Before the Benton High School basketball team runs through the tunnel located below the home bleachers of Rich Herrin Gymnasium, head coach Ron Winemiller reminds his players not to take any moment for granted because there’s not many facilities like it in the area.
The gymnasium is named after the legendary coach Rich Herrin, who began coaching the Rangers in 1960 before his older brother Ron took over as coach in 1985. During those 25 years, Rich posted a record of 521 wins and 192 losses with teams in ‘65, ‘66 and ‘70 that notched the 30-win total. The same ‘65 and ‘66 teams matched Rich’s ‘74 club that only suffered one loss in each of those years.
After leaving the high school, Rich decided to take over as SIU’s basketball coach in 1985. Rich went on to lead the Salukis to four NIT tournaments and three NCAA tournaments that included five 22-plus win seasons during that seven-year span.
Rich emphasized the word “fortunate” for everything that basketball has given him. Now at 87-years of age, Rich spoke about his time as a child playing basketball and some of the struggles that came with recruiting athletes to SIU.
“I remember being outside a lot with my older brother Ron growing up and shooting baskets on the hoop my dad attached to our family barn,” said Herrin. “I still miss my brother Ron, who passed away 20 years ago. I would always go to him for his wits because he was always reading and I owe him my basketball knowledge.”
During his 13-year run as coach of the Salukis, Rich finished with a record of 225-174 with a 111-107 against the Missouri Valley Conference. Schools such as Creighton, Wichita State, Tulsa, and a Hersey Hawkins led Bradley team caused problems for the Salukis during the 90’s.
Recruiting players to come join his SIU team remains one of the biggest coaching challenges Rich was forced to face.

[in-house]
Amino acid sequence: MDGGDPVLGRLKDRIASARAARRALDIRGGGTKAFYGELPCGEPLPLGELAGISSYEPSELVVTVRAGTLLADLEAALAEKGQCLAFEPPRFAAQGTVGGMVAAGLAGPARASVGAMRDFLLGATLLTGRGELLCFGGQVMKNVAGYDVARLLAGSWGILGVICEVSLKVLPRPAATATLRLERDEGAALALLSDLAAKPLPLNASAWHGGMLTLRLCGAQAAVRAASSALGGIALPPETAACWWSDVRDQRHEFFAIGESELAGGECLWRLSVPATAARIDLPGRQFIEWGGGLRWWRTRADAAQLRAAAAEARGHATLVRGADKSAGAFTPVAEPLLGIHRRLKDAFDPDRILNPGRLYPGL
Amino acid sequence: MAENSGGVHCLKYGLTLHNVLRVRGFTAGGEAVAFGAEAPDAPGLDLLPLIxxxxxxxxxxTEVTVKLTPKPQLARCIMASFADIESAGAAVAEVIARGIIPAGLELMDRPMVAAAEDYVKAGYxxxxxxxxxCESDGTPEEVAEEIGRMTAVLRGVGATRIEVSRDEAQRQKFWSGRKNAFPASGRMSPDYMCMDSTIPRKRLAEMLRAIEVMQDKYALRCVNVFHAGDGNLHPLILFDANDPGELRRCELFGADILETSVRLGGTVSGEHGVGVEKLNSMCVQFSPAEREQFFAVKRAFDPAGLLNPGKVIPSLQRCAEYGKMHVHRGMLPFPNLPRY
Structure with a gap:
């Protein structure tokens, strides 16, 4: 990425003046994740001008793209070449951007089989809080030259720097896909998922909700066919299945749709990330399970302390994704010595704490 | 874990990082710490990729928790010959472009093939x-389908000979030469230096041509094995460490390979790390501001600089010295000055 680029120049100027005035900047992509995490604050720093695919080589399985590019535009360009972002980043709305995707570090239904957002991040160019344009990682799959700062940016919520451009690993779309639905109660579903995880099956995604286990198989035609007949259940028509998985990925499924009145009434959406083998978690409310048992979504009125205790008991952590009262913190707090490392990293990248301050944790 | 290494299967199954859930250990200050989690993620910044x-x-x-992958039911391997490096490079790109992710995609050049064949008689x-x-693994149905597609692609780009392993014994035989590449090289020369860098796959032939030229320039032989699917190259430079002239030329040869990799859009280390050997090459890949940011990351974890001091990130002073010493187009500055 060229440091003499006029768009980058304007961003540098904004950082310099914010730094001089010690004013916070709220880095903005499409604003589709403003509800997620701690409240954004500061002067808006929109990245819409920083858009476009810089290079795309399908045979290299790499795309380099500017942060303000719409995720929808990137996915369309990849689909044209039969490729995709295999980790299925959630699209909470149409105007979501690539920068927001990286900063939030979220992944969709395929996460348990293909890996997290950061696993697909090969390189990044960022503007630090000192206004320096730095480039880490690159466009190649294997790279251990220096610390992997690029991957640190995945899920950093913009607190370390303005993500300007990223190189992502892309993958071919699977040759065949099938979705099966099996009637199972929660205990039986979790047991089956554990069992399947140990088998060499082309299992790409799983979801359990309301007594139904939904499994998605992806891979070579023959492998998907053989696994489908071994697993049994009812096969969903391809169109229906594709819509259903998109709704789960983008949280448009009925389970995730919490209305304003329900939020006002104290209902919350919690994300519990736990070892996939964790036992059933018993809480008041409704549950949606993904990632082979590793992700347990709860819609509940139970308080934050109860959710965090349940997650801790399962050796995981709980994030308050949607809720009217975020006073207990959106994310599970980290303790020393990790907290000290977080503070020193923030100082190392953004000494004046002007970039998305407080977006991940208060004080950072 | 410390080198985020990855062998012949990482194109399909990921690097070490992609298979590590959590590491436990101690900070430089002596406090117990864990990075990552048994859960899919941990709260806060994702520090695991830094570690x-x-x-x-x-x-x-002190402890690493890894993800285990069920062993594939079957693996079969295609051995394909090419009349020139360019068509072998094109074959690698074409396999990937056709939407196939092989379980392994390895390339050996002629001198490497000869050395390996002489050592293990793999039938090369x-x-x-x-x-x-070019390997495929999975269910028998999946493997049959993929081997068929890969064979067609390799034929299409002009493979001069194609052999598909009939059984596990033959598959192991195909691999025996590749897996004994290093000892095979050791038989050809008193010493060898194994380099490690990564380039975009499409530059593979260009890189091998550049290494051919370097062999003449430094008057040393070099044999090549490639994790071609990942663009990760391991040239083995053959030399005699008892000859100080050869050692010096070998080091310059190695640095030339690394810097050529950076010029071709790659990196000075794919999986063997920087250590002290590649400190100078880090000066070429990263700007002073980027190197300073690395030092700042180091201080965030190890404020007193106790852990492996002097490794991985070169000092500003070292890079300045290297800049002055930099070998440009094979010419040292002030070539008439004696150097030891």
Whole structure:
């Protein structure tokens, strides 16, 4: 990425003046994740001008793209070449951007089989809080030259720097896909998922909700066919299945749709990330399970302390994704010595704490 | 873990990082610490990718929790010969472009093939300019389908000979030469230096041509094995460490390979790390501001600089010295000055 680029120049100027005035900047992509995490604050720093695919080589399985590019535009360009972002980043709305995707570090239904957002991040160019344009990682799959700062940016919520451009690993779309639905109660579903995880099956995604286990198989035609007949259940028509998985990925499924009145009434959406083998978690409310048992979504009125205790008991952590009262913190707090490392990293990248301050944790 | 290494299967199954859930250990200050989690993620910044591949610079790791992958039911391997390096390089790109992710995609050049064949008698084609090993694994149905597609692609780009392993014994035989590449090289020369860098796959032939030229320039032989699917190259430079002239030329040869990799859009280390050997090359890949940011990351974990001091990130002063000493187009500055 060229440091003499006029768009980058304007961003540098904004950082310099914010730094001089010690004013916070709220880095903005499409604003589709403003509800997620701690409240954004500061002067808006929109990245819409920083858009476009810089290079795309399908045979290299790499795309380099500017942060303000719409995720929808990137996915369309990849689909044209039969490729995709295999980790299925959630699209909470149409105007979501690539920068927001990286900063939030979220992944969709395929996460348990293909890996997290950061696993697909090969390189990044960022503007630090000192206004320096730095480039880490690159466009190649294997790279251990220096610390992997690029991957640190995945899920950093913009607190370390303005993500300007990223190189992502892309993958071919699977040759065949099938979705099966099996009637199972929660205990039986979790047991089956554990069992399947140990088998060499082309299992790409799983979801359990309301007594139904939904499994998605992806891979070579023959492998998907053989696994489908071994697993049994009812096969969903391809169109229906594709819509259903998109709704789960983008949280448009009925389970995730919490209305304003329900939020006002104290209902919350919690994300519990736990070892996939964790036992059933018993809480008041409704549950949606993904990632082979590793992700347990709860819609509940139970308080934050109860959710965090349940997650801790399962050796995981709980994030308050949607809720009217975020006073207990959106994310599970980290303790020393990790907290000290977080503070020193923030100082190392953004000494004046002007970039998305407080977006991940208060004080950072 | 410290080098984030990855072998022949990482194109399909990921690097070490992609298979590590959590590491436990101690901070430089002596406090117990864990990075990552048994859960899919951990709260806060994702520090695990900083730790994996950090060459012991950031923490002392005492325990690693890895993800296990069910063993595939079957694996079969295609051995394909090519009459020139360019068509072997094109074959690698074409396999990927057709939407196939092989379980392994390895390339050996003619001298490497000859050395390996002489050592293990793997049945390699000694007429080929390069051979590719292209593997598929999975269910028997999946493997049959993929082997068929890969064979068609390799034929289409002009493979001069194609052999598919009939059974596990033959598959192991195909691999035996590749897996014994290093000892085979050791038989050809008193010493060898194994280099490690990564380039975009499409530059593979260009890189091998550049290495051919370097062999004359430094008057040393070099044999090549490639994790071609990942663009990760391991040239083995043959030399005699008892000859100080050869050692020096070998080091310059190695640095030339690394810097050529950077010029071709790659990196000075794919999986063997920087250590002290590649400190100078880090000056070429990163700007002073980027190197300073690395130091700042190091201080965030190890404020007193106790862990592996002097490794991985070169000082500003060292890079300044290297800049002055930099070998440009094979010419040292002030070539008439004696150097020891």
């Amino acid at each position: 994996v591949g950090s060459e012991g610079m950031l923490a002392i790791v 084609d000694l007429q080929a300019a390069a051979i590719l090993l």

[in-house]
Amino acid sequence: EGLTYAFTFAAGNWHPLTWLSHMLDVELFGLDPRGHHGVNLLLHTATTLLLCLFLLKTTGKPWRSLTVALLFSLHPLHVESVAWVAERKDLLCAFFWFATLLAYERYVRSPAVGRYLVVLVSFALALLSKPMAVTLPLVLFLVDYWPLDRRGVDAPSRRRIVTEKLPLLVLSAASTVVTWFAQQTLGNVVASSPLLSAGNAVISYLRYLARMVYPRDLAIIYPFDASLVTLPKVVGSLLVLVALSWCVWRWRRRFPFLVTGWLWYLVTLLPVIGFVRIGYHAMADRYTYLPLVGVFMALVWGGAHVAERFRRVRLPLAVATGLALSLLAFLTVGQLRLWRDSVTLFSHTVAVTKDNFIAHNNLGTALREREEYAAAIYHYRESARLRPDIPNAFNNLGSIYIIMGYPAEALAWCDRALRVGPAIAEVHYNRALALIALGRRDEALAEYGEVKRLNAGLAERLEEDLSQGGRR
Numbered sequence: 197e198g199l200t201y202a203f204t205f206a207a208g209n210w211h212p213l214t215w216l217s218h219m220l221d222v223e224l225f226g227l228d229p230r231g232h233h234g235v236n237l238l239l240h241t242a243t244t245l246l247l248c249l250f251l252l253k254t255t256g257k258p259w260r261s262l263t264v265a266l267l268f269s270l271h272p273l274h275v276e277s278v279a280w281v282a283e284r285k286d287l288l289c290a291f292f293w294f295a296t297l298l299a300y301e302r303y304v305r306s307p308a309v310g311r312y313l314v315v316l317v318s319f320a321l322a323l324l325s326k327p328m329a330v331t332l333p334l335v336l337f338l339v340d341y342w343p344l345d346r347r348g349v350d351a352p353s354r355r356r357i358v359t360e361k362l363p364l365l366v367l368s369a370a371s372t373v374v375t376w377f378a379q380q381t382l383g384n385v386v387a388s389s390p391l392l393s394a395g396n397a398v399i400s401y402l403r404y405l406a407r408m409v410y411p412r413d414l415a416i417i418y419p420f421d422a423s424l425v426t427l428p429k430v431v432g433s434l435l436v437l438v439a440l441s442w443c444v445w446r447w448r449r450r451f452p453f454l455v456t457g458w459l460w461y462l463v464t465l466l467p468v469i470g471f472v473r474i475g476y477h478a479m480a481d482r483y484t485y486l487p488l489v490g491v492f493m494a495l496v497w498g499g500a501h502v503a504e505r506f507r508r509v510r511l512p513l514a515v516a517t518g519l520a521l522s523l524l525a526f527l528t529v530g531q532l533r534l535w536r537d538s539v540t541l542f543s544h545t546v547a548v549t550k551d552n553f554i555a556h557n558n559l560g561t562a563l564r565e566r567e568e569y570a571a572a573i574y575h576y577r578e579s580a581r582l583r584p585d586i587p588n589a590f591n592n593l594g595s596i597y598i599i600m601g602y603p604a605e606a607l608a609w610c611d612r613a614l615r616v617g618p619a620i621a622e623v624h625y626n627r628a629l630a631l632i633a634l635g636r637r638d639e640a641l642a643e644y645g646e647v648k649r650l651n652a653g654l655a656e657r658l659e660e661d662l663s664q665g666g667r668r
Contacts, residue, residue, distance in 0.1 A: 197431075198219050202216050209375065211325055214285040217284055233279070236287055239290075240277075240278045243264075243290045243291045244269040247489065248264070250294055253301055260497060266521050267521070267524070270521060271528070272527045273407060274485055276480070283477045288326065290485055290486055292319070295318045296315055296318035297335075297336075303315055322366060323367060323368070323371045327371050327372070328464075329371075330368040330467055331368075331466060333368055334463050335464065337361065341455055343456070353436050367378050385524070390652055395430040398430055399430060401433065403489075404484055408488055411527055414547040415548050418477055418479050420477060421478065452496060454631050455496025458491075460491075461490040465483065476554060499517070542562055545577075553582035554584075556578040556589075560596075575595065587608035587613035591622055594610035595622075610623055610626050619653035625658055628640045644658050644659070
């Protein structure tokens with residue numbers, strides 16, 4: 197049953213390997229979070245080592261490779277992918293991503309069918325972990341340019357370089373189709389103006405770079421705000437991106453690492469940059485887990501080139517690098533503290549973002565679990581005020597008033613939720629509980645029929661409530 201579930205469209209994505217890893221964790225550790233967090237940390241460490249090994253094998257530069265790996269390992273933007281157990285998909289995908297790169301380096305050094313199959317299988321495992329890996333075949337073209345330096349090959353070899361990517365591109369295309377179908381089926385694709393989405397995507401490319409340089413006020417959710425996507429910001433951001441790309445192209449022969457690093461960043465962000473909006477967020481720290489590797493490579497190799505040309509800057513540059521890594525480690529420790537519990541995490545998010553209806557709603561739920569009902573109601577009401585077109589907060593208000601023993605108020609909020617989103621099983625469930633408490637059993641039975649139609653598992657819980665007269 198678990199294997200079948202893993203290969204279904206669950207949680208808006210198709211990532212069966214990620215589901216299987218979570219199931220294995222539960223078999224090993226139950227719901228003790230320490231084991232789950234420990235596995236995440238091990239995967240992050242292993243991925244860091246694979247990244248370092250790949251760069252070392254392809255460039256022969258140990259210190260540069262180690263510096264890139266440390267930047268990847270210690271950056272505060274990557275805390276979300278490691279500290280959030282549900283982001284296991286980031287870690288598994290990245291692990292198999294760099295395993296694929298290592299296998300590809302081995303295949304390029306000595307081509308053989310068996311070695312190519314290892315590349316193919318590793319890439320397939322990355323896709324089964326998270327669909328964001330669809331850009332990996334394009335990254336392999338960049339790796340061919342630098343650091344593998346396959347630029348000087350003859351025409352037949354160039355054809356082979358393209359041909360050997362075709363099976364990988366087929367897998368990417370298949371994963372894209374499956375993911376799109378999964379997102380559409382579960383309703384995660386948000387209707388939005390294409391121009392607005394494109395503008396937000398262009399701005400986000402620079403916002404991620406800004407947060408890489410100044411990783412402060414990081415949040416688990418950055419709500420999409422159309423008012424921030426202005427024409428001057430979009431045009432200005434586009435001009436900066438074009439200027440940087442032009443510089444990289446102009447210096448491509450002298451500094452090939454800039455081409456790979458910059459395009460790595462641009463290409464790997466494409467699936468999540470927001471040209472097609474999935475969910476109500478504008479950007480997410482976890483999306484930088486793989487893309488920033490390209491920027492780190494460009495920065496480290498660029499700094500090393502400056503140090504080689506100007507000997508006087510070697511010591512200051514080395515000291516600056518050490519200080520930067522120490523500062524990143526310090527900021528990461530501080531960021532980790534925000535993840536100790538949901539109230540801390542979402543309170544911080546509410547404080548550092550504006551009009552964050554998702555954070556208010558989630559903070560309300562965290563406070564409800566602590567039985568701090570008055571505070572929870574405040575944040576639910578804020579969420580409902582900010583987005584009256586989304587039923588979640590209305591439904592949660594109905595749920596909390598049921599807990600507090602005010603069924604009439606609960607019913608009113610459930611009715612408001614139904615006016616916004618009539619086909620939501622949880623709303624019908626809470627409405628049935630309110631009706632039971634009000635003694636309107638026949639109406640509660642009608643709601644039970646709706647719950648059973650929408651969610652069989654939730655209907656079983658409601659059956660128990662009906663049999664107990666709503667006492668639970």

“What I went through during those first couple years of coaching was difficult because it was tough selling athletes to come play in Carbondale,” said Herrin. “I didn’t get any of the players I wanted in the month of January during my first year at SIU. There were 27 days where I wasn’t home because I was coaching and trying to recruit players.”
Rich persevered and has left a legacy on many people in the area. He still visits Benton games and practices, but health has been his family's main concern since Rich suffered a stroke last July.
Thankfully, Rich didn’t suffer any paralysis and can still talk with one of his former players, Matt Wynn.
“I played for Rich back when I went to high school at Benton and was fortunate to have him as a college coach at SIU,” said Wynn. “We still talk on a weekly basis and he remains one of the nicest guys you could ever speak with. He mumbles a lot, but we could always understand him as players based on his tone.”
Wynn coached Benton’s basketball team for seven seasons before Winemiller took over in 2009. One thing that remains for both coaches is that Rich Herrin Gym hasn’t changed a bit since hosting its first game in the early 1970’s.
Rich Herrin Gym is famous for its unique build and structure. The East Gym is the school’s original gymnasium and still in use for gym classes, lower level games and other events as overflow dictates.
Rich Herrin Gym includes upper level seating and bleacher seating in the lower bowl, which is perfect for big events such as Benton’s annual Holiday Basketball Tournament. Current athletes can look up to the rafters and see championship banners from their fathers' teams hanging before them.
“It’s a great facility for a big-game atmosphere,” said Winemiller. “Coach Herrin brought so much style to Benton basketball and there’s not many places you can say the person your facility is named after is still alive. That’s a big part of what makes it special.”
The East Gym has since given way to a new facility where the girl’s volleyball team plays their home games. Winemiller is now in his 11th season coaching the Rangers and has only seen renovations of the westside bleachers being replaced by a new weight room.
Coach Herrin has been around Winemiller and his family since Winemiller was a kid, when he was still learning from the same man who coached his three uncles during their high school days in Benton.
“Everybody has a different story and background,” said Winemiller. “Rich used to be able to sit in his office and still have a view of the basketball court. He’s always been great at treating people fairly, and as a young guy I tried spending as much time learning from legends like Rich.”
Be the first to know
Get local news delivered to your inbox!